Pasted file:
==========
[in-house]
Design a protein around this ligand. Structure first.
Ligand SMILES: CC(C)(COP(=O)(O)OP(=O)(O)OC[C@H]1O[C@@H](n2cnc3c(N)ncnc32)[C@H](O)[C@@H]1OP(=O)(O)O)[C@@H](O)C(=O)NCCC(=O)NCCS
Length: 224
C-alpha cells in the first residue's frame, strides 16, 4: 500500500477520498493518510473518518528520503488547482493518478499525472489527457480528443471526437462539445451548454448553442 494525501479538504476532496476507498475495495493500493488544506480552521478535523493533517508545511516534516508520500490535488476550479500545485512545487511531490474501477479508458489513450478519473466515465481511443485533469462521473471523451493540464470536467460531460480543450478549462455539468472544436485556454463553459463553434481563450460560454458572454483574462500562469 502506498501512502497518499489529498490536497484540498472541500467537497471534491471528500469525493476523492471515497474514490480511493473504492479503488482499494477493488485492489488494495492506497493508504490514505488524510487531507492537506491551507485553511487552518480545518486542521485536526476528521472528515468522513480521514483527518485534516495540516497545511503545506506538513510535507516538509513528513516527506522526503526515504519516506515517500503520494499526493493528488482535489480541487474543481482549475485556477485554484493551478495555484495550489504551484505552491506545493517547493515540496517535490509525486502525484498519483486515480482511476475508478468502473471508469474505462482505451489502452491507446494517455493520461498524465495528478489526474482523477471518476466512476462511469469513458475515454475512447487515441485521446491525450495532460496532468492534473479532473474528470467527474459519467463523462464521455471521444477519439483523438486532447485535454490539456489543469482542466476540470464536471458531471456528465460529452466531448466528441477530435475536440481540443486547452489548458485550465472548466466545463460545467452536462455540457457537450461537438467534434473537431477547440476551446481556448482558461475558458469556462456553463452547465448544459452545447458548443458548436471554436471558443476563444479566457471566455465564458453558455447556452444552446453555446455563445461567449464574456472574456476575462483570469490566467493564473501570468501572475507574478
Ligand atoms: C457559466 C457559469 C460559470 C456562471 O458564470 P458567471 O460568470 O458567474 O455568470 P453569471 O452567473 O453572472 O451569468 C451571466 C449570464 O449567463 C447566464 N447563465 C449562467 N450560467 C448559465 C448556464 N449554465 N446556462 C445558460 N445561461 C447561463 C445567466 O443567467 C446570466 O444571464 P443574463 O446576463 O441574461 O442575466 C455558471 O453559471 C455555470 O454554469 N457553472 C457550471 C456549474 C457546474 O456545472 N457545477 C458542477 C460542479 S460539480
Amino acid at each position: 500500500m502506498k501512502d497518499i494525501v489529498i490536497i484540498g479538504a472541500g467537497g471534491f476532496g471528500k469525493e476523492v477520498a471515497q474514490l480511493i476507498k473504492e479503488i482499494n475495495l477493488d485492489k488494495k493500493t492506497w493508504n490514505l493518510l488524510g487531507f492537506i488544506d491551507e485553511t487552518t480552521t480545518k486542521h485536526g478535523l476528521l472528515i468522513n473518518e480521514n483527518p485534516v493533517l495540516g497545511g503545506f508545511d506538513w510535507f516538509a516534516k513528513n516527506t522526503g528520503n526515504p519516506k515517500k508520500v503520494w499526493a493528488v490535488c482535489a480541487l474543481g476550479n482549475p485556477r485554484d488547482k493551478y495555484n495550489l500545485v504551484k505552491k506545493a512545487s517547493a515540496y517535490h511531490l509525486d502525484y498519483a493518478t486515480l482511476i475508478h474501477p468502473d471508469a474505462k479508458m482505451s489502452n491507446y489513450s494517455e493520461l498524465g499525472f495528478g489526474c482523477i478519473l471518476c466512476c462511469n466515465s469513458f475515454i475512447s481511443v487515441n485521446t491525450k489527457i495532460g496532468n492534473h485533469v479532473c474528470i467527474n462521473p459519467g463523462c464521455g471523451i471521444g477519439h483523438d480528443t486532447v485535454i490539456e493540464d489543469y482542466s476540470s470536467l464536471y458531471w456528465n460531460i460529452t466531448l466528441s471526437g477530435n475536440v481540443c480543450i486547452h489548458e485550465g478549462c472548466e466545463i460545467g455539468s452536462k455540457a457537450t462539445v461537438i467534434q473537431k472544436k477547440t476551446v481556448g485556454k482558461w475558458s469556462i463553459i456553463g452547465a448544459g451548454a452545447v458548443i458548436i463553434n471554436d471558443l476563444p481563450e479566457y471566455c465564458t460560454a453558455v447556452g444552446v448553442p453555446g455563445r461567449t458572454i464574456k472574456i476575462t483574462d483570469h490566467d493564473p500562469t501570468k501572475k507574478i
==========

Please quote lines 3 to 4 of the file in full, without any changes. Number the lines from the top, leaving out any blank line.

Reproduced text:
Ligand SMILES: CC(C)(COP(=O)(O)OP(=O)(O)OC[C@H]1O[C@@H](n2cnc3c(N)ncnc32)[C@H](O)[C@@H]1OP(=O)(O)O)[C@@H](O)C(=O)NCCC(=O)NCCS
Length: 224